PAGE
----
Social Justice and Sola Scriptura

The first thing a biblical counselor does with couples facing marital problems is learn the facts. He gathers data. He doesn’t go immediately to Scripture. He doesn’t show Mr. and Mrs. Smith where and how they must clean up their lives because, at this point, he doesn’t know what the problem is.

Giving Scriptural advice on adultery and porn doesn’t help a couple struggling with poor finances and dishonesty. A priori assumptions on the supposed problem could lead to counsel far, far worse.

Ready, Fire, Aim

Sola Scriptura doesn’t mean Christians are not in need of other information. It means that Scripture is the only unfailing source for faith and practice. Everything God requires of us is given in Scripture (2Pe 1:3). We must never add or take away from the Word (Rev 22:18-19). Sola Scriptura means it carries the only hope for the Smith’s marriage problems. But without the facts, it’s of much less help.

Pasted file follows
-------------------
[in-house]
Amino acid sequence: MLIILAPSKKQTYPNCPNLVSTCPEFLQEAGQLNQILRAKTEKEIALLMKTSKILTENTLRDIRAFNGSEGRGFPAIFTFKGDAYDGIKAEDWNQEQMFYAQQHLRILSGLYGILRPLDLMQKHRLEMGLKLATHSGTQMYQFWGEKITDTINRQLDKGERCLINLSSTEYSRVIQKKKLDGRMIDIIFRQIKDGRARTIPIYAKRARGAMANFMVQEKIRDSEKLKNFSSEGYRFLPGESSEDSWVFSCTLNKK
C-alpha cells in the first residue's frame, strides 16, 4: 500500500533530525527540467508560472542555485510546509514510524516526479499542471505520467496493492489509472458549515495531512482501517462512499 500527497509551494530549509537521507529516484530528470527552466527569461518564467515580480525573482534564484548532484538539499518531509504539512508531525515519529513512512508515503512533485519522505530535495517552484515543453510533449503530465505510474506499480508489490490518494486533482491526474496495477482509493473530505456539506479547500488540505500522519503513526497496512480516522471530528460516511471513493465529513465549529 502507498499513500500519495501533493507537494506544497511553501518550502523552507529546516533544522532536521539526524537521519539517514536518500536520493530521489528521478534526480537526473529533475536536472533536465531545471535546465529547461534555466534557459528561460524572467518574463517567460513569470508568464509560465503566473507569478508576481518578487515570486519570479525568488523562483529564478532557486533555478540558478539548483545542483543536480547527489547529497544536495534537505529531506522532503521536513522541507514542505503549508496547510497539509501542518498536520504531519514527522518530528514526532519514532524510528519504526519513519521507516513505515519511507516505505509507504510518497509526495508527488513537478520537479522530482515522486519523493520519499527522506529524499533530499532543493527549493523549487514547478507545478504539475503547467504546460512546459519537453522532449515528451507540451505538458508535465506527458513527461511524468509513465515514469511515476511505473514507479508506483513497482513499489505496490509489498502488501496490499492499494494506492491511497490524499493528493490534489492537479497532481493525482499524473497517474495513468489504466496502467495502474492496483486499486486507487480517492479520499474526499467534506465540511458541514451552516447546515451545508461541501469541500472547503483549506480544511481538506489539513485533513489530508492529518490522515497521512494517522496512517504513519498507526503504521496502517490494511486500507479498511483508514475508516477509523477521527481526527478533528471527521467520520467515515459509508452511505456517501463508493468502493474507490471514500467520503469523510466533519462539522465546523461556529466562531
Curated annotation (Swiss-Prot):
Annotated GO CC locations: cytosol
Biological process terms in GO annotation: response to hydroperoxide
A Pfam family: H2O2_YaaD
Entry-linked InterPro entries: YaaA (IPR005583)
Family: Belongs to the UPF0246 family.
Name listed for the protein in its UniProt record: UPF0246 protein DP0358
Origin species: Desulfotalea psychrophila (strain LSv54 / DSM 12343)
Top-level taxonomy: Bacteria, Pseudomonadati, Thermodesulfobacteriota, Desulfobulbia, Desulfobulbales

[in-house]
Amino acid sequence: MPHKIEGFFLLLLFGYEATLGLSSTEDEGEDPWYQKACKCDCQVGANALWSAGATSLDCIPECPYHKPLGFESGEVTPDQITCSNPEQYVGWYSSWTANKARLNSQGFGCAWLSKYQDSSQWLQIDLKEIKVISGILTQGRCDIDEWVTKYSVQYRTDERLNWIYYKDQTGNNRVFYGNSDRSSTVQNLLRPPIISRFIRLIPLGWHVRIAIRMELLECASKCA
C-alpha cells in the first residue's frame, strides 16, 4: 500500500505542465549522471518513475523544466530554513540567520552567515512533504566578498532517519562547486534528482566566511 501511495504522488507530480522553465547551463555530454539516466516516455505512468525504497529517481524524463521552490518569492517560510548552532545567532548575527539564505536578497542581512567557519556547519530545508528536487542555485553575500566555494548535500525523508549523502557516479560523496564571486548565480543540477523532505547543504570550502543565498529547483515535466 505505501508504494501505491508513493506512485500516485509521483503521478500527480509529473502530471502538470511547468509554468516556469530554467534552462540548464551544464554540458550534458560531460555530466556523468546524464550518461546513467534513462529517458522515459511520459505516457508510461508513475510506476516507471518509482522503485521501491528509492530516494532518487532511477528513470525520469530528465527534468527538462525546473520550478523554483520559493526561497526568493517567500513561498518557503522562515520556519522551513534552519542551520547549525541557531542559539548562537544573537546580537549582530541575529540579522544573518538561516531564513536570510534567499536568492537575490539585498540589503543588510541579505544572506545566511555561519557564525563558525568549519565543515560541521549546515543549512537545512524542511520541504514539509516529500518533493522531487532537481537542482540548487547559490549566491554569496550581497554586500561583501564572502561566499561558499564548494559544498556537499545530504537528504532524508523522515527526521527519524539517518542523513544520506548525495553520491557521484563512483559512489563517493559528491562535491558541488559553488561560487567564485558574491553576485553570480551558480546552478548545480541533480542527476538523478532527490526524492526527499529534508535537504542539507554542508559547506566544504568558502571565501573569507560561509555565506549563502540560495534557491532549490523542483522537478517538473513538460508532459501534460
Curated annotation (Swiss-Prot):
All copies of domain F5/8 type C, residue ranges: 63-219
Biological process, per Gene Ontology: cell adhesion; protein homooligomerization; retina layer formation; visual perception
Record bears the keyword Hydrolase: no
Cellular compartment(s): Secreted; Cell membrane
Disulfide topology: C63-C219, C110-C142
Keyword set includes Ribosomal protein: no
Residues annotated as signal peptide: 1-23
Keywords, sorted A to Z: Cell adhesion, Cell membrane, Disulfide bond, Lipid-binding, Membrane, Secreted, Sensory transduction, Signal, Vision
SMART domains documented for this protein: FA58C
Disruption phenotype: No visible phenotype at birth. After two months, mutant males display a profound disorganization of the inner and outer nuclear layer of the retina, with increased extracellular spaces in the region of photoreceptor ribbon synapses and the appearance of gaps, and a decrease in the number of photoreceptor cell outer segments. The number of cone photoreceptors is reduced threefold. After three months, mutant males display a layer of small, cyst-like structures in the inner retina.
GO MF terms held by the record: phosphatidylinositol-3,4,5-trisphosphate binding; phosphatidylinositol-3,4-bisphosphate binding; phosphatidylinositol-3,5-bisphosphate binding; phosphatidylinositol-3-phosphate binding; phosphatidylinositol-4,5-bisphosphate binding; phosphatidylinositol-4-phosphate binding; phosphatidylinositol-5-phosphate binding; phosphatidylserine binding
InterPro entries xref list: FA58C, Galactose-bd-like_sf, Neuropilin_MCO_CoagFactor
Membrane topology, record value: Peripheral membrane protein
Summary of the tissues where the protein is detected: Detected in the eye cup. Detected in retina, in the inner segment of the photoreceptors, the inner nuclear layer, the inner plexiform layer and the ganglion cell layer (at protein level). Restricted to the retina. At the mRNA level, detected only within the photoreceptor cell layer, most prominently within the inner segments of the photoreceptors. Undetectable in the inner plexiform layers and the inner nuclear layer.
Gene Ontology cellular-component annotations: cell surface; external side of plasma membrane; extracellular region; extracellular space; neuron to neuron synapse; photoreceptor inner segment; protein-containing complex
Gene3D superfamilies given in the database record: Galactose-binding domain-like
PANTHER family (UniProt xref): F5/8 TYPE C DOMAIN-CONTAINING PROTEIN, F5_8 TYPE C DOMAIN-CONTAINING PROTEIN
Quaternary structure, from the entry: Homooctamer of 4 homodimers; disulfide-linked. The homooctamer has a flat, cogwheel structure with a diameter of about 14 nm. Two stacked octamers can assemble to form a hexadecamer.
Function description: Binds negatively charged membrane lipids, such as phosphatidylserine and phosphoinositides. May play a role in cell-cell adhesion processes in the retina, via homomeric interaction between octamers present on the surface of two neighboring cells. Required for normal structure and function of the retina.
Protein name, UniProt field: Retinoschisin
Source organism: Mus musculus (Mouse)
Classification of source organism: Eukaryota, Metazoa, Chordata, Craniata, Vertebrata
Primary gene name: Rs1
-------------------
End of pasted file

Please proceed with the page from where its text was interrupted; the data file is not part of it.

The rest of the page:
If this inerrant Scripture is not aimed at the proper prey, disaster will follow. What good is “judge not” if aimed at an unrepentant church member? What good is “preach the Word” if pointed at a teen-aged girl? Ready, fire, aim, is not a good model for Christians.

What about Social Justice?

Apply this to Social Justice. Before we can open our Bibles to address what it says about institutionalized racism, wouldn’t it be best to determine if institutionalized racism even exists? If the answer is yes, then a little history lesson is in order. Before we lecture Joseph on the sin of rape and and before we comfort Potipher’s wife with the Psalms of lament, we better know what actually happened in the courtyard. Just because Joseph was innocent in Genesis doesn’t mean Amnon is innocent in 2 Samuel. Learn the facts. Continue reading